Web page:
well.Despite the possibility of expanding the standard storage through media-cards,
most devices on the market currently offer 32–64 megabyte for data storage.
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Another important factor is the limited bandwidth.When using plain global system
for mobile communication protocol or general packet radio services protocol,the
bandwidth is far smaller than the usual internet connection.All these factors make it
somewhat ‘inconvenient’ for the collaborators to use mobile devices for electronic
messaging.It seems obvious that limited comfort and capacity of mobile devices
have consequences on the intensity and structure of communication facilitated
across this medium.Therefore,one would expect messages that are sent via mobile
devices to differ from stationary emails with regard to frequency and size.The
limited input–output capabilities of mobile devices and other limitations mentioned
above are assumed to have an effect on the emails sent via these devices.We expect
users to write shorter messages over mobile channels.Apart fromdifferences induced
by different ergonomics,the situations in which mobile devices are used to exchange
email messages will play an important role,too.
2.2.Situation dependence
Several authors have described the specifics and advantages of mobile services in
general (B.ullingen and W
.
orter,2000;Gerpott,2001;Reichwald et al.,2002;
Kollmann,2001;M.uller-Veerse,1999;Schmitzer and Butterwege,2000;Wiedmann
et al.,2000;Wohlfahrt,2001;Zobel,2001).Apart fromthe independence of location,
instant connectivity is articulated as a core feature of mobile services compared to
conventional desktop applications.When looking at marketing campaigns from the
major mobile operators and research studies,one can easily see that it is on top of
users’ wishes to be able to receive emails formother colleagues without delay (Hyers,
2001).However,given the inconvenience of the application of this technology,
mobile communication over small devices is not yet capable of entirely replacing
stationary communication over conventional desktops.In turn,when communica-
tion is urgent and stationary infrastructure is not available,we expect mobile devices
to be used more frequently.More generally we suggest that under conditions of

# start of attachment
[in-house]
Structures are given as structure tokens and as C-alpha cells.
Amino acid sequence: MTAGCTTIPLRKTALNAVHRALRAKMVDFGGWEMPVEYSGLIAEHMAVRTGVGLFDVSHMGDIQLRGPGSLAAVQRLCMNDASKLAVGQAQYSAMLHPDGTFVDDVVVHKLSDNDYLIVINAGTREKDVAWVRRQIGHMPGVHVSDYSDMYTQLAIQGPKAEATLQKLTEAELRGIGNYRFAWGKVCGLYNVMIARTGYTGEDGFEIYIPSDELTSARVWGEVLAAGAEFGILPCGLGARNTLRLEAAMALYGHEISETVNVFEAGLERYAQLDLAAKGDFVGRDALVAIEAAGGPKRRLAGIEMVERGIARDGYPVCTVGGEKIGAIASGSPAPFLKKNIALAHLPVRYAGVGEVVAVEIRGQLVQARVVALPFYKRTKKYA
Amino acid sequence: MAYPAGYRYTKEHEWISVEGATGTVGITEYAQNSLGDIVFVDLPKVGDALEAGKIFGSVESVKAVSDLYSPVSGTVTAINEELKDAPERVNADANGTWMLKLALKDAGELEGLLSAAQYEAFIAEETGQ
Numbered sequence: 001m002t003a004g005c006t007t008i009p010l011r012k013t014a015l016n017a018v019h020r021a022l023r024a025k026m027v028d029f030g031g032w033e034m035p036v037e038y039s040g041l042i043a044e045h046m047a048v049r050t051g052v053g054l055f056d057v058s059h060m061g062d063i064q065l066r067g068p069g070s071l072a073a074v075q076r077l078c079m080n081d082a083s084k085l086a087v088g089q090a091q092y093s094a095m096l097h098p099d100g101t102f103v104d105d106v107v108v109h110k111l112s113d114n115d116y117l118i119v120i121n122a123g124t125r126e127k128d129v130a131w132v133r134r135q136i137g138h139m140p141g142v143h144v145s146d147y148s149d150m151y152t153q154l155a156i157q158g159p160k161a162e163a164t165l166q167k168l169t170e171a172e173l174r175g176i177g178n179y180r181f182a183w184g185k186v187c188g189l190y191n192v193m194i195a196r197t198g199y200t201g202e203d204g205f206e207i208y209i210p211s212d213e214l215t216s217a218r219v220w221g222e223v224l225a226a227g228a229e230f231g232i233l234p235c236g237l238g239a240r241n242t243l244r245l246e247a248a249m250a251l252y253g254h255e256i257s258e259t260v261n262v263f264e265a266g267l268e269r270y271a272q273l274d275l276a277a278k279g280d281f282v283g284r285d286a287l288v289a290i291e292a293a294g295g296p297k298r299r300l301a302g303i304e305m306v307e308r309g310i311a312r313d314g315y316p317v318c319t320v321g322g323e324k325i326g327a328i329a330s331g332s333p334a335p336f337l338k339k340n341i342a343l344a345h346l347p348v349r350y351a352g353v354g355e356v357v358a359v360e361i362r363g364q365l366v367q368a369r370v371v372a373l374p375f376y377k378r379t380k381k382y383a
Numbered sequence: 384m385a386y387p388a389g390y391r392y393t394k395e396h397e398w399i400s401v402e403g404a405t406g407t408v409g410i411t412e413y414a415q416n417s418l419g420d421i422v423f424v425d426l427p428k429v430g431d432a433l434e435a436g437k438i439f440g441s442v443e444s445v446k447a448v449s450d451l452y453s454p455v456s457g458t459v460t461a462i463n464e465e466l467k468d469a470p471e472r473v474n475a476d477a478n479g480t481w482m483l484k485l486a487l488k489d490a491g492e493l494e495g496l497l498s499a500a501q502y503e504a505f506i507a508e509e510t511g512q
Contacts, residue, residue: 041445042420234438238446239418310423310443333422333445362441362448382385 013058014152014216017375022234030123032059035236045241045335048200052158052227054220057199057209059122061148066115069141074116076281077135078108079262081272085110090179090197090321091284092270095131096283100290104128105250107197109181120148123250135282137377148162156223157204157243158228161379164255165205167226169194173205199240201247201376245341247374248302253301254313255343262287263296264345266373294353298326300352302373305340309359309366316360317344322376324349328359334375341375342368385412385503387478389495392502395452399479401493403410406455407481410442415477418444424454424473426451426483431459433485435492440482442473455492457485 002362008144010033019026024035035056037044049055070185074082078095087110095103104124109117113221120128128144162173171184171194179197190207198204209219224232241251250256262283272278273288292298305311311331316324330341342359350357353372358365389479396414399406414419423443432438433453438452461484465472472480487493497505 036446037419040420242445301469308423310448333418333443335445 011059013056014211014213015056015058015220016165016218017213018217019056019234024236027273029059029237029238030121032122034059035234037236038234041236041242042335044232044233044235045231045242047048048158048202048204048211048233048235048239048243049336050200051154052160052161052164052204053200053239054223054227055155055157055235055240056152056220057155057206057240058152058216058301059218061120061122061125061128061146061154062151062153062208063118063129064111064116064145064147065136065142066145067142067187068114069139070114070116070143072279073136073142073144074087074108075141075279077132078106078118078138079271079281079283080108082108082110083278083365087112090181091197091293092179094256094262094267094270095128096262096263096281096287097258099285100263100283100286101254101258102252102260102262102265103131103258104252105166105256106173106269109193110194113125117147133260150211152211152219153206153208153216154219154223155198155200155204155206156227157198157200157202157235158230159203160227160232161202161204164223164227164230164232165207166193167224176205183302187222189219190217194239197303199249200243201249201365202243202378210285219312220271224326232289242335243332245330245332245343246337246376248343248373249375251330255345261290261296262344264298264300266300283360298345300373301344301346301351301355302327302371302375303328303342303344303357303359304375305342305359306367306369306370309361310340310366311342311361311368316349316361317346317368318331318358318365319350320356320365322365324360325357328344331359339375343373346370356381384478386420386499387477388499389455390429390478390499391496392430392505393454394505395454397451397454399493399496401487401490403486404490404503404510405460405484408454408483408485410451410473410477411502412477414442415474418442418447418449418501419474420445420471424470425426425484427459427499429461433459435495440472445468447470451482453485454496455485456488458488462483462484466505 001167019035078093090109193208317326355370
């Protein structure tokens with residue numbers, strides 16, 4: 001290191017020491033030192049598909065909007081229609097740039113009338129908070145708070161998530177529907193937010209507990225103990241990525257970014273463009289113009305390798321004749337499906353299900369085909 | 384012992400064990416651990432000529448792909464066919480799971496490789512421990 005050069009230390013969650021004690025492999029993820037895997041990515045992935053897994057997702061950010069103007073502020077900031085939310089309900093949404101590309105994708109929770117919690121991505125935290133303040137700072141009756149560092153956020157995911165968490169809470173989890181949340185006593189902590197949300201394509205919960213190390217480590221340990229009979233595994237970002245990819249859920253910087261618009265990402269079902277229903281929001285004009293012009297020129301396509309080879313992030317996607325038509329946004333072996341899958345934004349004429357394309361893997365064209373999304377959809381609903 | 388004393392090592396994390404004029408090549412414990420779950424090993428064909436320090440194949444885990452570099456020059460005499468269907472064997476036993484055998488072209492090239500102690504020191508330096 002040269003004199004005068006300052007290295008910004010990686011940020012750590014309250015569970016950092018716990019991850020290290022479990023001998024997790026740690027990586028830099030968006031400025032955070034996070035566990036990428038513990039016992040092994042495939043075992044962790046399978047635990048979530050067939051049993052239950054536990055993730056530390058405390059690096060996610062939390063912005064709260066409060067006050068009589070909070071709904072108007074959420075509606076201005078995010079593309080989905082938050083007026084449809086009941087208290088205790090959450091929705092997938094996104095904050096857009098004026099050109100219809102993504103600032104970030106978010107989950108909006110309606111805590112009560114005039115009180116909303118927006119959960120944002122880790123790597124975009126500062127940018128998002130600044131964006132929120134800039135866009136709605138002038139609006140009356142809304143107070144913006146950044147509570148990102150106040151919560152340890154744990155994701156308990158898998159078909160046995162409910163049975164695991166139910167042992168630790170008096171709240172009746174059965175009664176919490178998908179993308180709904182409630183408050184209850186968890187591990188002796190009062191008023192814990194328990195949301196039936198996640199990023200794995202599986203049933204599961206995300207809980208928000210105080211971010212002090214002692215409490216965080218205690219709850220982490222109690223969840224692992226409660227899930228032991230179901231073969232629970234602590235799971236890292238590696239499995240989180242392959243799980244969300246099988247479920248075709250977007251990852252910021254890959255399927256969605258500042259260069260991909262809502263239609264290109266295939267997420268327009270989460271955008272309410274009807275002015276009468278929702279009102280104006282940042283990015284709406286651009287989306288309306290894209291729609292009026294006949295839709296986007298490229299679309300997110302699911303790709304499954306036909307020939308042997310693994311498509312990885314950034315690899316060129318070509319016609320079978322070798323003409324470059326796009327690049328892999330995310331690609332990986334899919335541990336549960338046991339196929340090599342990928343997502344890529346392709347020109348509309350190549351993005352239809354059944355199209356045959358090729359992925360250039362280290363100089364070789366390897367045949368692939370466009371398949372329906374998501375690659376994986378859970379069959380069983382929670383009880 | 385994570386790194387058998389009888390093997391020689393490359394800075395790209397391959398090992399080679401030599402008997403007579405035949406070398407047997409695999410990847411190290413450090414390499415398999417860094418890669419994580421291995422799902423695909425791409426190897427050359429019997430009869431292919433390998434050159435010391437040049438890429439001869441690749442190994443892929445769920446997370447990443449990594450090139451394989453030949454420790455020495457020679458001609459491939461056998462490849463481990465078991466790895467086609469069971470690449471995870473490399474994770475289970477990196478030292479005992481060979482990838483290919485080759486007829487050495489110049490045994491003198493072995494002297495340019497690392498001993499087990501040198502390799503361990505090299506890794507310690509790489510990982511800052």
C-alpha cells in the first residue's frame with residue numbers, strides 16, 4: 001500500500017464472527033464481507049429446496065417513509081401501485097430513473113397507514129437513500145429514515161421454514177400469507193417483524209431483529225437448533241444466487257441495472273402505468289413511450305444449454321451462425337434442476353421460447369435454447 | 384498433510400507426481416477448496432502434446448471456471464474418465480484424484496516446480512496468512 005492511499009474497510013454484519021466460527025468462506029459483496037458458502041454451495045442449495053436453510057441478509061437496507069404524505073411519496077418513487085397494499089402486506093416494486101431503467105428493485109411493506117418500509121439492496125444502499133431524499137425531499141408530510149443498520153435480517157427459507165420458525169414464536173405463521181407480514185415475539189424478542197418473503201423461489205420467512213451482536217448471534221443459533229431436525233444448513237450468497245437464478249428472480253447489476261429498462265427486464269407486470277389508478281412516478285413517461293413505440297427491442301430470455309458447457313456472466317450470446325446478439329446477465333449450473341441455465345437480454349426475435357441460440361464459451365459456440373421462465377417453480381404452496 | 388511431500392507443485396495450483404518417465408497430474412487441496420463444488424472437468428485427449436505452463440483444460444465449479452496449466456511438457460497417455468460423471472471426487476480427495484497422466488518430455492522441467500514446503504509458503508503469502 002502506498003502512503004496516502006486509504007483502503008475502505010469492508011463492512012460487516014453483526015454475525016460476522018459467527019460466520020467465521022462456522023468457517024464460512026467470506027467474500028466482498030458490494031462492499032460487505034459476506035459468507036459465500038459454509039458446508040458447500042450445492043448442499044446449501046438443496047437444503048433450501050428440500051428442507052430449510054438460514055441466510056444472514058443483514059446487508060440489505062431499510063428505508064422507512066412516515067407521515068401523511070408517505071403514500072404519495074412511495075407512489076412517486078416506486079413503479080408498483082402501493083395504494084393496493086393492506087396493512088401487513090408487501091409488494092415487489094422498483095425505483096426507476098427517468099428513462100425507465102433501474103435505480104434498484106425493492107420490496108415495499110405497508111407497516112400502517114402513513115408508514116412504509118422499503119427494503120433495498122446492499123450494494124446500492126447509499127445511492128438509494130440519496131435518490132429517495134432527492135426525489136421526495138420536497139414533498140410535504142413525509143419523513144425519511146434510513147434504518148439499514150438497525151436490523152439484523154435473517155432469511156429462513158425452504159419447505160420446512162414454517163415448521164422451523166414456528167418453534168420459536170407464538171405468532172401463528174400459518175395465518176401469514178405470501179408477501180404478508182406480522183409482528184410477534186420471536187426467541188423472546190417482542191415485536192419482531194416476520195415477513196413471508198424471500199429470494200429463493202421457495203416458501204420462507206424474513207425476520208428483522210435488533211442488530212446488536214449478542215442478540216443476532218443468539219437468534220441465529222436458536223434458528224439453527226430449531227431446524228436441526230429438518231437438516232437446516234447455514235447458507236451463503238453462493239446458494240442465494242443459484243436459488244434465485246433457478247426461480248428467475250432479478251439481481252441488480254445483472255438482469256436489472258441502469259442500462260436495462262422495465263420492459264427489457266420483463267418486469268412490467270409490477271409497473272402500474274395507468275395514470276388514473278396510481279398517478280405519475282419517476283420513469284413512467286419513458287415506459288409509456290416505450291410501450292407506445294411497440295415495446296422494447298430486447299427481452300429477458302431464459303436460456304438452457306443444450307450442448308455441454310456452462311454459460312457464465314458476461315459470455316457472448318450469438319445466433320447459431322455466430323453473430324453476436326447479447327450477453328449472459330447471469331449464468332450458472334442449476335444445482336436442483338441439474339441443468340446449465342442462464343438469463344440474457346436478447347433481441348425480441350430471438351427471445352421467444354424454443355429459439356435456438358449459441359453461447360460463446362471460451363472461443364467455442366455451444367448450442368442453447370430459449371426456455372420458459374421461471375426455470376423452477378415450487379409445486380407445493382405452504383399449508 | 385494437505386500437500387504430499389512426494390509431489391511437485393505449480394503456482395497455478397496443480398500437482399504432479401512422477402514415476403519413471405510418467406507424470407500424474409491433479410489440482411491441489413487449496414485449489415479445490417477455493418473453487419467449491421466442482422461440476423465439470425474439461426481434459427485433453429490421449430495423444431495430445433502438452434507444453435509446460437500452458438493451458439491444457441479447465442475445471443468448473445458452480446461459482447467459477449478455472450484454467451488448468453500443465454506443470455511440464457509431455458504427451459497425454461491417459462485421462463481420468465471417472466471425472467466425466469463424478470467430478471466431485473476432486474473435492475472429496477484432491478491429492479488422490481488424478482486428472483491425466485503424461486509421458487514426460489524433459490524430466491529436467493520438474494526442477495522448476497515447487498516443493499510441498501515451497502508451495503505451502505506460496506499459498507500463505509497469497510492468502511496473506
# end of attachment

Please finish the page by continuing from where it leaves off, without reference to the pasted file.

stress and the need for immediate communication,the use of mobile technology for
email exchanges will increase.If the saying ‘time is money’ is right,then professional
collaborators will prefer mobile communication channels to save time and prefer
mobile exchanges of email if time is short.
2.3.Social structures of communication
Knowledge officers who are responsible for the successful management of
computer supported cooperative work environments have to care for various tasks.
Apart from the design of computer supported cooperative work platforms (Pinelie
and Gutwin,2000) and soft-skill matching for successful team formation (F
.
arber
et al.,2003),an analysis of the underlying communication structure is believed to
contribute to a better understanding of dynamics within these communication
networks.Furthermore,knowledge of the social structure of communication
relations would allow for a more subtle understanding of how to improve work
organization (Cross et al.,2001;Cross and Prusak,2002).However,analysing
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uckler/Int.J.Human-Computer Studies 60 (2004) 737–752740
communication networks is a difficult endeavor,since collaborators are not to be
understood as isolated individuals but as members of a network that has a
characteristic structure of information flows.In order to identify the role of
individuals in a network one first has to know the overall pattern of communication
in the network.Social network analysis is a research methodology developed in
anthropology and structural sociology that offers formal techniques to study the
structural patterns of communication networks (Mitchell,1969).Its techniques
‘‘provide explicit formal statements and measures of social structural properties that
might otherwise be defined only in metaphorical terms’’ (Wasserman and Faust,1994).
We believe that it is necessary to analyse and understand the structure of
communication that evolves and is reproduced in collaboration networks in order to